as members, though a generation would pass before the lease of rotten
boroughs was cancelled by such reform as Horne Tooke had loudly advocated
at the cost of again standing a trial for high treason.

Another noisy reformer, if he be not better described as a pig-headed
lover of the past, who was Tory and Radical by turns, had a glimpse of
Kew, about or soon after the time that Horne Tooke left Brentford. In the
farther corner of Surrey there was then living a sturdy little peasant
who, with a smattering of the three R’s, went to work in the fine gardens
of Waverley Abbey, then got another job of clipping and weeding at the
Bishop’s Palace of Farnham. He could hardly have entered his teens,
though the date is not made clear in his story, when a gardener came that
way who had just left the King’s Gardens at Kew, and gave such a glowing
account of them that nothing would serve the boy but setting off to seek
a place there. This was not a lad to let the grass grow under his feet,
when he had a purpose in mind; and he at once left an episcopal service
in hand for a royal one in the bush. It was William Cobbett, who now made
his first acquaintance with the writings of an old sojourner in his own
country nook, the sullen dependent of Sir William Temple at Moor Park,
Jonathan Swift, whose downright diction this boy lived to copy through
his long series of _Political Registers_.

    The next morning, without saying a word to anyone, off I set;
    with no clothes except those upon my back, and with thirteen
    halfpence in my pocket. I found that I must go to Richmond, and
    I accordingly went on, from place to place, inquiring my way
    thither. A long day (it was in June) brought me to Richmond
    in the afternoon. Two pennyworth of bread and cheese and a
    pennyworth of small beer, which I had on the road, and one
    halfpenny that I had lost somehow or other left three pence in my
    pocket. With this for my whole fortune, I was trudging through
    Richmond, in my blue smock-frock and my red garters tied under
    my knees, when staring about me, my eye fell upon a little book
    in a bookseller’s window, on the outside of which was written:
    “_Tale of a Tub_; price 3d.” The title was so odd that my
    curiosity was excited. I had the three pence, but, then I could
    have _no supper_. In I went, and got the little book, which I was
    so impatient to read, that I got over into a field at the upper
    corner of Kew Gardens, where there stood a _haystack_. On the
    shady side of this, I sat down to read. The book was so different
    from anything I had ever read before: it was something so _new_
    to my mind, that, though I could not at all understand some of
    it, it delighted me beyond description; and it produced what I
    have always considered a sort of birth of intellect. I read on
    till it was dark, without any thought about supper or bed. When
    I could see no longer, I put my little book in my pocket, and
    tumbled down by the side of the stack, where I slept till the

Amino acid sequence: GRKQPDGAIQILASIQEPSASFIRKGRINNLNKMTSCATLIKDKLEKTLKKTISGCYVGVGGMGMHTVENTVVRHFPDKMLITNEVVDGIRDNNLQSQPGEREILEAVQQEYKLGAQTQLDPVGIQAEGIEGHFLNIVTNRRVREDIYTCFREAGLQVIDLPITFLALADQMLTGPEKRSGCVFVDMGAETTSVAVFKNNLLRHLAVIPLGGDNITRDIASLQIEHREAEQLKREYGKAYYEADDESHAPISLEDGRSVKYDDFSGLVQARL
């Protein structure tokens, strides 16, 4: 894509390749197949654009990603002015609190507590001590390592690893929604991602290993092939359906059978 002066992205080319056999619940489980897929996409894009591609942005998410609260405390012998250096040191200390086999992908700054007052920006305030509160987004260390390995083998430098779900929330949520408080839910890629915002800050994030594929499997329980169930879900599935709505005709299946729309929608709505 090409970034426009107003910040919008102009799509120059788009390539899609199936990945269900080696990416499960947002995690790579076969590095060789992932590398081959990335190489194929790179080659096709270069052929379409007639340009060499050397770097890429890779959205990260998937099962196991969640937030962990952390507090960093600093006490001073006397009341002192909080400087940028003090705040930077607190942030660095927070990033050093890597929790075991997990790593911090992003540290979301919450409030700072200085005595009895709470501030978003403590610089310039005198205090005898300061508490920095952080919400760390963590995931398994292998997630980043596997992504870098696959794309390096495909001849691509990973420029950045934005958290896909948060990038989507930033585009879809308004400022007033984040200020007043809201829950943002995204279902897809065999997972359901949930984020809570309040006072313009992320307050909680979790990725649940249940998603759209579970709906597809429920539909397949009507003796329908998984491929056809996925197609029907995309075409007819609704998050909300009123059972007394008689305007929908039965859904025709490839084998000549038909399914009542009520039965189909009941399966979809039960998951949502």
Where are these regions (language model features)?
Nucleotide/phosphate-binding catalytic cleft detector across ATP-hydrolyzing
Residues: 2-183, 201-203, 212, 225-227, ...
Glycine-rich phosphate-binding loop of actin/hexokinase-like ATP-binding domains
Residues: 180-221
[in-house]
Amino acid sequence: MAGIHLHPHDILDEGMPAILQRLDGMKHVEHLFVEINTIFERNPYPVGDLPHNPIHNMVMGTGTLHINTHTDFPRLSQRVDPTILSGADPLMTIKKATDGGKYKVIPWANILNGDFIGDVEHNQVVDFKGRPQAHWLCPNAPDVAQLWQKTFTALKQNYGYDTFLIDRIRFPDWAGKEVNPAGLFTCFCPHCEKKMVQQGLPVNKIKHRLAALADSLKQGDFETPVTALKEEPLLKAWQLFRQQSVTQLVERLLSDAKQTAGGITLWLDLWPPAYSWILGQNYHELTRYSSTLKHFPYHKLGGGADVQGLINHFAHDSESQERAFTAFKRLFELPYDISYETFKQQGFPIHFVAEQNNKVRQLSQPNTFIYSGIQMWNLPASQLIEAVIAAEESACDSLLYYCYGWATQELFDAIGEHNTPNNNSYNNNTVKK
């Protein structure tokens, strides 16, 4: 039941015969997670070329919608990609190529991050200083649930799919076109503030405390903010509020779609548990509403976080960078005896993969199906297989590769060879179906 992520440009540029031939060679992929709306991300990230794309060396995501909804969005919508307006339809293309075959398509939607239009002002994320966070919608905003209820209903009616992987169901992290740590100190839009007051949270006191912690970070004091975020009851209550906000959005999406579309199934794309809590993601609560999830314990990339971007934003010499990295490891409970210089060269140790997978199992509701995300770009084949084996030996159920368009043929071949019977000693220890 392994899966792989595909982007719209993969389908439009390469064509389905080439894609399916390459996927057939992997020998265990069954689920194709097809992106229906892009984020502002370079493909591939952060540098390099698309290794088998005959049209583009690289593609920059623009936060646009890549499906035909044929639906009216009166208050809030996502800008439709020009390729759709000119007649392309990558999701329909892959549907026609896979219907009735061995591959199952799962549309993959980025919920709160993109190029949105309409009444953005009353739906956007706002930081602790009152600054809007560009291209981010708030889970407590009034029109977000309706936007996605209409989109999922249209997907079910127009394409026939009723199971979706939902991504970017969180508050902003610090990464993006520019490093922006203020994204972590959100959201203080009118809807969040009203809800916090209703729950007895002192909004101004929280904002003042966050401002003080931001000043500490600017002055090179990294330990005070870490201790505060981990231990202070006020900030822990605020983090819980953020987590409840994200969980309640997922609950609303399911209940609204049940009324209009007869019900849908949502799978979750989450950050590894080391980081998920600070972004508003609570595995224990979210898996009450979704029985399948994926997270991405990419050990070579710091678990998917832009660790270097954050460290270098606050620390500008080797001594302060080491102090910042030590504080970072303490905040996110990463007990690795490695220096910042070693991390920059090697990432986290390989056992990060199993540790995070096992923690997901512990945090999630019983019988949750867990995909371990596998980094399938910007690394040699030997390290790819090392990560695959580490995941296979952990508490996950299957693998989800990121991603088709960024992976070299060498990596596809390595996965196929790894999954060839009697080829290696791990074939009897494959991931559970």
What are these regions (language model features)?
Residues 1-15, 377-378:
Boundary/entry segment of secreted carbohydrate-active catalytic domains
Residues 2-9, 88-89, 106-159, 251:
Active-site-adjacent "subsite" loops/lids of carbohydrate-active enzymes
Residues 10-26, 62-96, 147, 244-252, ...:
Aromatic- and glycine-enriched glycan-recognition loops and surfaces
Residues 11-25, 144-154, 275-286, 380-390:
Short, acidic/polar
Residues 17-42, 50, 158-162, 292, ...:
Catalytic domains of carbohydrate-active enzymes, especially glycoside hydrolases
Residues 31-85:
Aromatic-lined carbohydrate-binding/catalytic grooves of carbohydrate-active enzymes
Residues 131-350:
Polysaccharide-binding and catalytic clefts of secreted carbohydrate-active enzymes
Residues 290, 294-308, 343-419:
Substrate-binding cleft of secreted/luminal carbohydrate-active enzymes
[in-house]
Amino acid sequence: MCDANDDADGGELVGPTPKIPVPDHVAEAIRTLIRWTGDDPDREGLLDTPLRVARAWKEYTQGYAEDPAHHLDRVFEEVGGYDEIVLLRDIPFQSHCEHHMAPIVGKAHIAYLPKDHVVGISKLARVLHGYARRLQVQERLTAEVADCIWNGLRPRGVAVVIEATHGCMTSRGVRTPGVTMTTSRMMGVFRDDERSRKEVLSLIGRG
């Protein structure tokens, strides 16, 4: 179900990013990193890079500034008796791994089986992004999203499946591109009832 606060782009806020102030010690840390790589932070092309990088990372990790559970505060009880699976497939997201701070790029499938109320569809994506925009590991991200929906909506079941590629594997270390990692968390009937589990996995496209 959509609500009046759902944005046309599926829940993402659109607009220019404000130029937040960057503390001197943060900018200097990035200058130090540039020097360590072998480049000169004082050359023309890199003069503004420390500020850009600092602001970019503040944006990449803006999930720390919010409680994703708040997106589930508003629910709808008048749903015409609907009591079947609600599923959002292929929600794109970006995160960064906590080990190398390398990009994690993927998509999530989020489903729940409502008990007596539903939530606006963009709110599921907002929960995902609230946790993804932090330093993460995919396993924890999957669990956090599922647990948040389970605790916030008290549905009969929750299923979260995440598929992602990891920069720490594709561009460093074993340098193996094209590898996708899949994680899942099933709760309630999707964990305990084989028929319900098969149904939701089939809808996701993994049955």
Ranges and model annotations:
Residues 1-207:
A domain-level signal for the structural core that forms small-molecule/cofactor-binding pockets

birds in Kew Gardens awaked me in the morning; when off I started
    to Kew, reading my little book. The singularity of my dress,
    the simplicity of my manner, my confident and lively air, and,
    doubtless his own compassion besides, induced the gardener, who
    was a Scotsman, I remember, to give me victuals, find me lodging,
    and set me to work.

In his fragmentary reminiscence of that experience, Cobbett does not
say how long he stayed at Kew; but we presently find him at home again,
soon to set out on further escapades. He tells us how the boy princes,
attracted by the oddity of his dress, stopped to laugh at him as he was
sweeping the grass round the Pagoda. I have somewhere read a story that
King George himself took notice of the young rustic as carrying a book
with him to work, and was so pleased by his talk as to desire that he
should be kept on; but I do not remember any statement to this effect
in Cobbett’s own writings. In later life, the doughty demagogue became
something of a nursery gardener himself, carrying on near Kensington, by
the Kew road, a seed-farm from which he was zealous to propagate a kind
of acacia he introduced, and also, with less success, the cultivation of
maize under the name of “Cobbett’s corn.” All through life he kept up
his interest in gardening, as shown by more than one of the works whose
style has been happily compared to a kitchen-garden’s relation with a

[Illustration: THE POPPY BEDS]

Another gardener rose to note, who about the same time was seeking jobs
in Mortlake, Kingston, or any parish around Kew where he could find poor
lodging and ill-paid work. His real name was William Hunt, but he changed
this to Huntingdon, as would appear, by way of hiding himself from the
consequence of some youthful ill-doing; and he afterwards justified the
_alias_ in characteristic fashion by claiming to have undergone “the new
birth” under that assumed name, to which--“as I cannot get at D.D. for
want of cash, neither can I get at M.A. for the want of learning”--he
added the odd degree S.S., meaning “Sinner Saved.” After undergoing the
pangs of spiritual labour along with hard troubles of the flesh at Ewell
and Sunbury, he began to preach among his humble neighbours, and kept up
this ministry while earning a livelihood by unloading coals at Thames
Ditton, so that he became notorious as the converted coal-heaver. He rose
to be the Spurgeon of his day, with John Bunyan rather for model, as far
as one can judge from the twenty volumes of his works, little known to
the “new theology” of our generation, which hardly remembers him unless
from a casual allusion by Macaulay. He was indeed of a more fanatical and
fuliginous spirit than would nowadays recommend a popular preacher; and